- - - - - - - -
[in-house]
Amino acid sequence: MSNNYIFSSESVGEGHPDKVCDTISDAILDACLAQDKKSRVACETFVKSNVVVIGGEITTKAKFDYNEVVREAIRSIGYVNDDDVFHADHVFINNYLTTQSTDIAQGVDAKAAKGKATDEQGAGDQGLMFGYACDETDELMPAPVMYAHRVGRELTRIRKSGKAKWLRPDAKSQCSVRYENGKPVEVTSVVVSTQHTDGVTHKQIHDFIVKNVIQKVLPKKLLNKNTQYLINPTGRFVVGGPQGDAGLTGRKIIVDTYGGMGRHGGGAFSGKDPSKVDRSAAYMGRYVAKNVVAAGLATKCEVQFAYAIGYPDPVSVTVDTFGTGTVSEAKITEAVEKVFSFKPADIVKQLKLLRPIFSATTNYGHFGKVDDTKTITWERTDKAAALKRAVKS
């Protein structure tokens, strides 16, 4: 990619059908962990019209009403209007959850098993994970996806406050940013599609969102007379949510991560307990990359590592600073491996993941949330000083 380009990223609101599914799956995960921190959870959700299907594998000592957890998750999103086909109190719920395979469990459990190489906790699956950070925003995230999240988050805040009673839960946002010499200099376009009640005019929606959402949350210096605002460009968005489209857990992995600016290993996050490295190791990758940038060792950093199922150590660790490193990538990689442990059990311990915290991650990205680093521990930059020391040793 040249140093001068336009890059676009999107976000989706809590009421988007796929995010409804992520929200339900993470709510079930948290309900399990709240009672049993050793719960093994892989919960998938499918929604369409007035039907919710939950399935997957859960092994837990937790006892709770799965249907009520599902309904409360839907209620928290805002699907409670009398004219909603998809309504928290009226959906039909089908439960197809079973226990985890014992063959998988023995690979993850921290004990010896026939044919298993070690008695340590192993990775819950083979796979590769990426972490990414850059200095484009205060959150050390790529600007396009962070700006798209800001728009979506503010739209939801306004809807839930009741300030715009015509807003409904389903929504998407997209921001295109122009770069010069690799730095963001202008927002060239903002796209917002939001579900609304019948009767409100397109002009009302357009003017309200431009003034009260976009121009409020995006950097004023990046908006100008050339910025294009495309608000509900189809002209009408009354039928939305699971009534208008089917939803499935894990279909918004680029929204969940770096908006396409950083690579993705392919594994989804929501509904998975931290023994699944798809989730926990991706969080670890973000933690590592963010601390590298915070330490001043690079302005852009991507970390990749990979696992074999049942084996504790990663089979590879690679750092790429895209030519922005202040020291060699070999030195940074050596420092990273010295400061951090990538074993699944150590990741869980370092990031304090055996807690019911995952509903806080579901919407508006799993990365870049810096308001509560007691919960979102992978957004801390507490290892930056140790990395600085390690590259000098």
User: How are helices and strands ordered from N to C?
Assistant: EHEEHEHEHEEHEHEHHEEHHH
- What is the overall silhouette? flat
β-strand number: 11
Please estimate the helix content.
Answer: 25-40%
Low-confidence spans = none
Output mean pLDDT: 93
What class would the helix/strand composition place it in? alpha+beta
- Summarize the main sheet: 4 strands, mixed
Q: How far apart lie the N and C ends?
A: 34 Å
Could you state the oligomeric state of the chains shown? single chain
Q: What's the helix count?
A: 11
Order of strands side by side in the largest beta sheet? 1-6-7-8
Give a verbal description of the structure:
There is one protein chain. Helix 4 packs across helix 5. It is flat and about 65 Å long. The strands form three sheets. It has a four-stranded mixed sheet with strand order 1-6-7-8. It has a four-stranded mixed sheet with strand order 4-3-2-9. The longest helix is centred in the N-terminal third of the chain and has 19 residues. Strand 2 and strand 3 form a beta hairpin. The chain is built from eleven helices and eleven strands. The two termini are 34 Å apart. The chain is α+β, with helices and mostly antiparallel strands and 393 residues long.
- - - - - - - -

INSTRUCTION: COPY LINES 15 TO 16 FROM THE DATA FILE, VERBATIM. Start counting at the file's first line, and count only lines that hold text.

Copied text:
A: 34 Å
Could you state the oligomeric state of the chains shown? single chain